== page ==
þingvellir (Thingvellir) is the most important cultural heritage site in Iceland. The Althing (Alþing) – General Assembly – was established here in 930 and continued meeting for more than 850 years until 1798.
The Althing was an assembly for the whole country and there are good written accounts dating back to its earliest days. The assembly lasted for around two weeks a year and was held outside, mainly confined to two places: the Lögberg (Law Rock), and the Lögrétta (Law Council). Here laws were recited and announcements and summonses made. People made speeches, presented ideas and submitted proposals. In bad weather proceedings were held in the church.
The lögsögumaður (lawspeaker) was based at the Lögberg and was in charge of proceedings, memorising and reciting the laws. People travelled to the assembly from all over Iceland and erected temporary houses or shelters called booths, which had turf or stone walls and were roofed with a woollen cloth. The ruins of these can still be seen at Thingvellir today.
Location and Place Names
The precise location of the law rock and law council is unclear. Thirteenth-century documents place the Lögberg somewhere on the eastern edge of Almannagjá, with the Lögrétta possibly in the field in front of it, either north or east of the river, Öxará.
Place names, such as Drowning Pool and Gallows Rock can also shed light on some of the grimmer aspects of the proceedings.
Excavation and Evolution
Thingvellir is both historically and archaeologically the largest and most significant assembly site in Northern Europe. In addition to the visible remains, conducting archaeological excavations could shed new light on the site and its evolution – information that is unlikely to be obtained anywhere else.
Thingvellir National Park
In 1930, Thingvellir was declared a National Park and a law was passed designating the area “a protected national shrine for all Icelanders, the perpetual property of the Icelandic nation under the preservation of parliament, never to be sold or mortgaged.”
In 2004, the park’s cultural values were recognised when it was placed on the World Heritage List.
Thingvellir National Park is located in an active volcanic area, just 49km east of Reykjavík, the capital of Iceland, and covers 24,000 hectares, of which 9,270ha constitute the World Heritage property.
Its best-defined feature is a major rift which has produced dramatic fissures and cliffs demonstrating inter-continental drifting in a spectacular and understandable way. The park is enclosed by a varied belt of mountains on three sides, featuring grass-covered lava fields, with Lake Thingvallavatn lying at its southern end. This outstanding scenery gives the area its unparalleled value. The rift valley was a magnificent natural backdrop for the open-air parliamentary assembly (Althing).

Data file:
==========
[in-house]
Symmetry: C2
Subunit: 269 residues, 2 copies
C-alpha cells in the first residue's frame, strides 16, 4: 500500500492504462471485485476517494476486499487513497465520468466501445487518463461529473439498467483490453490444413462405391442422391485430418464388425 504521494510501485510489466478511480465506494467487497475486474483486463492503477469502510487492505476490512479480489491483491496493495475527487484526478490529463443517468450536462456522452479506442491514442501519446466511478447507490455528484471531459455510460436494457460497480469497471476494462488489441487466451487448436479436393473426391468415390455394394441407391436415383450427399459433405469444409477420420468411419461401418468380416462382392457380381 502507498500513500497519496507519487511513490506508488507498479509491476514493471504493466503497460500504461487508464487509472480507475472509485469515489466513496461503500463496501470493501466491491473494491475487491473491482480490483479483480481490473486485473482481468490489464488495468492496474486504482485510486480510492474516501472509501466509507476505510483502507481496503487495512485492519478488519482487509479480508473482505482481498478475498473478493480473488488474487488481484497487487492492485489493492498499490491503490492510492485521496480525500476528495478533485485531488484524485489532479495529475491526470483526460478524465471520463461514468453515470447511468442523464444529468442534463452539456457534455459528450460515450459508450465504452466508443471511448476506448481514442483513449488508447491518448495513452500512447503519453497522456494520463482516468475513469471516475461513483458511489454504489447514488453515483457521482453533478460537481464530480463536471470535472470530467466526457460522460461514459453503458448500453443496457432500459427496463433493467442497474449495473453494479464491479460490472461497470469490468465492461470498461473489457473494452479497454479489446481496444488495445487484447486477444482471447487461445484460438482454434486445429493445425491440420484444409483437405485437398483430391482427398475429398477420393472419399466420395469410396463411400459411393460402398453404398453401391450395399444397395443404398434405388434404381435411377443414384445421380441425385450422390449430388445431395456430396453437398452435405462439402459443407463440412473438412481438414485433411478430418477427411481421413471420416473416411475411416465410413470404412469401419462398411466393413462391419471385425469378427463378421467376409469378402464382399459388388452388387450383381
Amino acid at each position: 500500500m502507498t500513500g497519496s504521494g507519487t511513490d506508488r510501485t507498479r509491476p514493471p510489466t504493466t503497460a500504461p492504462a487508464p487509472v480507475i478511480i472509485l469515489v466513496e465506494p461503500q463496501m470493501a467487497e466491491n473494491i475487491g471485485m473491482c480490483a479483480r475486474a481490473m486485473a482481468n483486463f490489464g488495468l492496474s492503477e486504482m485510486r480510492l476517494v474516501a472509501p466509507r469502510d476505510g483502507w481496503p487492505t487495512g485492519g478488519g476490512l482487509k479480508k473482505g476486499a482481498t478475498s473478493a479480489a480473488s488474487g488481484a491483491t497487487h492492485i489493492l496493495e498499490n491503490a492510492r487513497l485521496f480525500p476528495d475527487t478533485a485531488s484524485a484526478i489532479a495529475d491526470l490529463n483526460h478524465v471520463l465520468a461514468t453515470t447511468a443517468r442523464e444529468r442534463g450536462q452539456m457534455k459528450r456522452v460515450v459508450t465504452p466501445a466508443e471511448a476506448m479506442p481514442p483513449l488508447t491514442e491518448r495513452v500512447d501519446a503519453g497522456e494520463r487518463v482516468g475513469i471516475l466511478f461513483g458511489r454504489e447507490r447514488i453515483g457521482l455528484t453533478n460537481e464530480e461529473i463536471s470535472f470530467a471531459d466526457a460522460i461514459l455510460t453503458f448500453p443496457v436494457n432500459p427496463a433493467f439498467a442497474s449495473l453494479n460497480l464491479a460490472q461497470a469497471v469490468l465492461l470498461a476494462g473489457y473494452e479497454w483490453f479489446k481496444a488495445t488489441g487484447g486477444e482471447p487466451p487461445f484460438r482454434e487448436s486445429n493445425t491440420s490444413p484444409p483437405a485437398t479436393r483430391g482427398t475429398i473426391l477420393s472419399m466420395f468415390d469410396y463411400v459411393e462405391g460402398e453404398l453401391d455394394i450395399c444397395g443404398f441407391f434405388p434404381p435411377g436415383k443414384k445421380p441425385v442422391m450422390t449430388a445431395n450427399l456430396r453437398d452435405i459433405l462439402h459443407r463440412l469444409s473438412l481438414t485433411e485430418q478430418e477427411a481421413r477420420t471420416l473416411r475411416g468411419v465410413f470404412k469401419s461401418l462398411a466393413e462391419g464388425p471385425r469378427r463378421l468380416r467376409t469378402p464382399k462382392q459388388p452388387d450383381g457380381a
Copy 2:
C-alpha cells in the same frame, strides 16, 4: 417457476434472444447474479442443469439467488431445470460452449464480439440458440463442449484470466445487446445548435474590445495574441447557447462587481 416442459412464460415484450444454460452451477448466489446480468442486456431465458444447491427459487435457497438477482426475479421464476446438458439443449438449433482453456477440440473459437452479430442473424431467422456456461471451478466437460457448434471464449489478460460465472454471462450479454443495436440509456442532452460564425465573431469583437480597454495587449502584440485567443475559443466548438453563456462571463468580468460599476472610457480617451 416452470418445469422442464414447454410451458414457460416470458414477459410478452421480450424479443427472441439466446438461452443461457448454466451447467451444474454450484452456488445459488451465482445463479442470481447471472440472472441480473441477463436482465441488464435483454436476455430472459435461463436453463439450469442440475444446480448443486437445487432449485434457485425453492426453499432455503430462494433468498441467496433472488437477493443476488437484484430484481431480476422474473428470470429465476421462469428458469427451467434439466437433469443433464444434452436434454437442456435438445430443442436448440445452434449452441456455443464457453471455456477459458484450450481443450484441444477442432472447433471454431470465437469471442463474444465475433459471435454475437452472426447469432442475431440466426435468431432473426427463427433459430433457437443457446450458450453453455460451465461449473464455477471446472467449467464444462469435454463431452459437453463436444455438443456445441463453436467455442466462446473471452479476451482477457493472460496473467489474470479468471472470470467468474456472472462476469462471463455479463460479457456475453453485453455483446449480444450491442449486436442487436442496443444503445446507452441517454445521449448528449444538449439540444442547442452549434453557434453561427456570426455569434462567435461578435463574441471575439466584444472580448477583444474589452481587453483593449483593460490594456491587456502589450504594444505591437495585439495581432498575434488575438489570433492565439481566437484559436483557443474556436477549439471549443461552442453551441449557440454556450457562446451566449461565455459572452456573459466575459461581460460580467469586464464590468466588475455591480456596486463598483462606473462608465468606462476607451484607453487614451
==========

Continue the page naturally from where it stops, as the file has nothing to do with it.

The site includes both the National Park and some physical remains of the Althing itself, with fragments of around 50 booths built from turf and stone. Remains from the 10th century are thought to be buried underground.
The park also includes Thingvellir Church and adjacent farm, a population of arctic char in Lake Thingvallavatn, as well as remains of agricultural use from the 18th and 19th centuries. Its dramatic history dating back to the establishment of the Althing gives insight into how a Viking-Age pioneer community organised its society from scratch and evolved towards the modern world.
There is a well-known kinship between the Althing, Thingvellir, and Germanic Law and governance documented through the Icelandic sagas and the written codification of the 'Grágás Laws'. This closeness was strengthened in the 19th century by the independence movement and a growing appreciation of landscape values and their perceived association with ‘natural’ and ‘noble’ laws.
Furthermore, the Althing is closely linked to its hinterland (now the landscape of the National Park): an agricultural land that was traditionally used as grazing grounds for those attending the Althing, and across which the tracks led to the Assembly grounds. The park's fossilised cultural landscape reflects the evolution of the farming landscape over the past thousand years, with its abandoned farms, fields and tracks. Associations with people and events recorded in place names and archival evidence also document the settlement in Iceland as well as the high natural worth of this landscape.
The inspirational qualities of Thingvellir’s landscape, derived from its unchanged dramatic beauty, its association with national events and ancient systems of law and governance, have lent the area its iconic status and turned it into the spiritual centre of Iceland.